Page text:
What is wake surfing? How does a wake boat work? What does it look like?
Recreational boating is seeing a shift towards larger, more powerful boats, and foremost among them are wake boats. The new designs of wake boats demand that special attention be paid to managing the potentially detrimental effects of these boats on our increasingly crowded, space-limited public waters.
The essence of this new sport, and a hint of its negative impacts, can be found in this recent press release from the wake surf industry:
To see what wake surfing looks like in action, take a look at these videos:
To see the impact wake boats are having on Wisconsin’s inland lakes, have a look at this 6.5-min video, “Wake Surfing — A Threat to our Lakes,” from October 2023. Summary: Wake surfing boats generate wakes 3 to 5 feet high, large enough to allow surfing even on small lakes. The massive waves, downward propellor wash, ballast tanks and “bow high” boat orientation create profound safety and environmental problems.
Scroll down to see other wake sport videos.
A wake boat is any powerboat vessel which, by design or modification, has one or more functional ballast tanks, bags, compartments, containers, plumbing, hull design or devices, or other devices or systems used to increase the displacement of the vessel or otherwise affect its performance for the purpose of enhancing or increasing its wake while under power.
Wakesurfing is the activity of propelling a person, on equipment similar to a surfboard, forward with a boat’s wake. The person may be holding a rope or free riding. Equipment used in this activity may include but is not limited to wake surfboards, wakeboards, stand up paddleboards, and hydrofoils.
Wakeboarding is a water sport activity performed by a person being towed behind a wake boat and using a surfboard, wakeboard, or similar device to ride behind the boat.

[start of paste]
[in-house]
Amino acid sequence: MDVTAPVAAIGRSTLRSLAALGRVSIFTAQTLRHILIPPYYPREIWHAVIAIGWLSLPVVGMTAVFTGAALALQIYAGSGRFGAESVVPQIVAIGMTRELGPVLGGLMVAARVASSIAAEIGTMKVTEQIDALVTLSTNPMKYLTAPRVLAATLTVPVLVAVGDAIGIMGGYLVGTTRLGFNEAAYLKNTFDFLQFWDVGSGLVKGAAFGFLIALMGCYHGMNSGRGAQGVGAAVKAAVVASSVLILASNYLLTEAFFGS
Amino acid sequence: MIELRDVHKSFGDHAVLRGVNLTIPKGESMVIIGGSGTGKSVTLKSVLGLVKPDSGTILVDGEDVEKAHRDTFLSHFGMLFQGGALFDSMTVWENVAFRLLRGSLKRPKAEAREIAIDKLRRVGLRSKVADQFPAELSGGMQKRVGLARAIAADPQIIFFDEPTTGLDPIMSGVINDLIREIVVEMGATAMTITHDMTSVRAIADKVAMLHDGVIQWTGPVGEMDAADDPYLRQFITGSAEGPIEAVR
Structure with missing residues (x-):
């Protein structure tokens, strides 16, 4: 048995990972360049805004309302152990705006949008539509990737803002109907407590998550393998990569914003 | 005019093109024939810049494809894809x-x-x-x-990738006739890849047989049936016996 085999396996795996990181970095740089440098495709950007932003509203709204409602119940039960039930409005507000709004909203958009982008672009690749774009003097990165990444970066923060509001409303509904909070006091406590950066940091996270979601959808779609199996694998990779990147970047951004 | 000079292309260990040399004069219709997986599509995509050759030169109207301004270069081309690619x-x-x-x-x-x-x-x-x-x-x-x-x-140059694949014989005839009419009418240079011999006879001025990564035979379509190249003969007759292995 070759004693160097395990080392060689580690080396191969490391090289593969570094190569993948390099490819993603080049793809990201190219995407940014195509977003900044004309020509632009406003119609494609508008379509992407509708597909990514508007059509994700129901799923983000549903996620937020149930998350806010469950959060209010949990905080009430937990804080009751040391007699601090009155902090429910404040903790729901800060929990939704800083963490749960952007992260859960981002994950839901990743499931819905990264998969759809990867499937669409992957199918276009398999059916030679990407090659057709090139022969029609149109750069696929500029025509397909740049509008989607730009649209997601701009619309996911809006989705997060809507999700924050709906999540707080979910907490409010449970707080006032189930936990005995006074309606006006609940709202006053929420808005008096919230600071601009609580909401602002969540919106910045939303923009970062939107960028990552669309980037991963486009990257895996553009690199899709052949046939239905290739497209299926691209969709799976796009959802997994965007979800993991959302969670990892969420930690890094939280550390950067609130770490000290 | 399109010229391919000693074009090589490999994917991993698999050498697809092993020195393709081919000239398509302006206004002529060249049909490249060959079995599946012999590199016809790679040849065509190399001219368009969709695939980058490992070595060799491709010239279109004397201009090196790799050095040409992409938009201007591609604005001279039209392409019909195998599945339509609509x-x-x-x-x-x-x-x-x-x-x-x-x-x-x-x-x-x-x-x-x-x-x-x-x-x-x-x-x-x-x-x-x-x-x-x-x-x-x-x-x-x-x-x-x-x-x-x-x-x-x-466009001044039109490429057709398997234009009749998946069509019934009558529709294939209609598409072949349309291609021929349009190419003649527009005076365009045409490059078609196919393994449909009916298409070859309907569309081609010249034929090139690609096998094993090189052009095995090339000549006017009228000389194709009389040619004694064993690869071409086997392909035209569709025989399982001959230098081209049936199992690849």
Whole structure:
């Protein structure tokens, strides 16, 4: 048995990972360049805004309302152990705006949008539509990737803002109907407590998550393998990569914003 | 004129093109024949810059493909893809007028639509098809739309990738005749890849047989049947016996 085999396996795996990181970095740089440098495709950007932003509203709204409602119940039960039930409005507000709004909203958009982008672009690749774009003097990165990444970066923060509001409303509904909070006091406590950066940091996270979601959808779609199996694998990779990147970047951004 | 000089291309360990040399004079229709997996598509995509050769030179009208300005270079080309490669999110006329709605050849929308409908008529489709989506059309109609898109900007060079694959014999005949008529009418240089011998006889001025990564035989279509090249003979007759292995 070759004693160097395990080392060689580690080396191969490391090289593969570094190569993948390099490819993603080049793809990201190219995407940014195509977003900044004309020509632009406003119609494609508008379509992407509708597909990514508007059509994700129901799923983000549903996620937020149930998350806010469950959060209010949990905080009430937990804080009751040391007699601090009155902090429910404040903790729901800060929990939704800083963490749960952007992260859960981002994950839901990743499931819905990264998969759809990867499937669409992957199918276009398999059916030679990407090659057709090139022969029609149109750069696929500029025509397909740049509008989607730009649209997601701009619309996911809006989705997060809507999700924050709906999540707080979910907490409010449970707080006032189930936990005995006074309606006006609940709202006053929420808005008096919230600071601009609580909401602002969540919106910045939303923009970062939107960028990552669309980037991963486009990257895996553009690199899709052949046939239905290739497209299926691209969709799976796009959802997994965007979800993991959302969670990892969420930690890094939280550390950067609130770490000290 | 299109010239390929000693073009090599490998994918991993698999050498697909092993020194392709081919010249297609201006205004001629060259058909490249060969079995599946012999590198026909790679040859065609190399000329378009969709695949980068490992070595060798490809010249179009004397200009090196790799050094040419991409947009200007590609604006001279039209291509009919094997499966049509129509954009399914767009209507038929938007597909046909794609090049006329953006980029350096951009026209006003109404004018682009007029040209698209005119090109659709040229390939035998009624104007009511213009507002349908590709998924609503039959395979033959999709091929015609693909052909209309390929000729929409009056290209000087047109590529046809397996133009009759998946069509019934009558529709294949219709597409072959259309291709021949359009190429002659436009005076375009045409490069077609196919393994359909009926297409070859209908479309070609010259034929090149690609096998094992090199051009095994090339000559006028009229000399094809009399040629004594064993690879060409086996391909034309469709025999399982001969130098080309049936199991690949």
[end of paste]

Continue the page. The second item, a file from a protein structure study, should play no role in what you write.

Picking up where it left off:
Wake Sport Zone is the area of a lake or pond that meets the Proposed Rules for use of wake boats for wakeboarding and wakesurfing.
The growing popularity of wakesports means their negative effects are felt throughout Vermont, and the world. As a result, state and local governments, communities, academic institutions, lake associations, and groups like our Responsible Wakes for Vermont Lakes seek to define the parameters under which these sports may be enjoyed, while at the same time protecting the safety and enjoyment of Vermont’s citizens, the beauty and sustainability the state’s lake resources, and the values of its private and public properties.
The adverse impacts of wake boats on water quality are significantly greater than those of other motorboats; a major concern with wake boats is their potential to release phosphorus into lakes, which reduces water clarity, increases the growth of AIS (aquatic invasive species), and contributes to cyanobacteria blooms. Wakesports performed too close to the shore introduce phosphorus from wave-induced shoreline erosion; additionally, in shallow water, the wake boat’s powerful propeller slipstream can significantly disturb the lakebed, causing bottom sediments’ resuspension, inducing phosphorous release and increasing the spread of AIS that propagate upon fragmentation, e.g., Eurasian watermilfoil.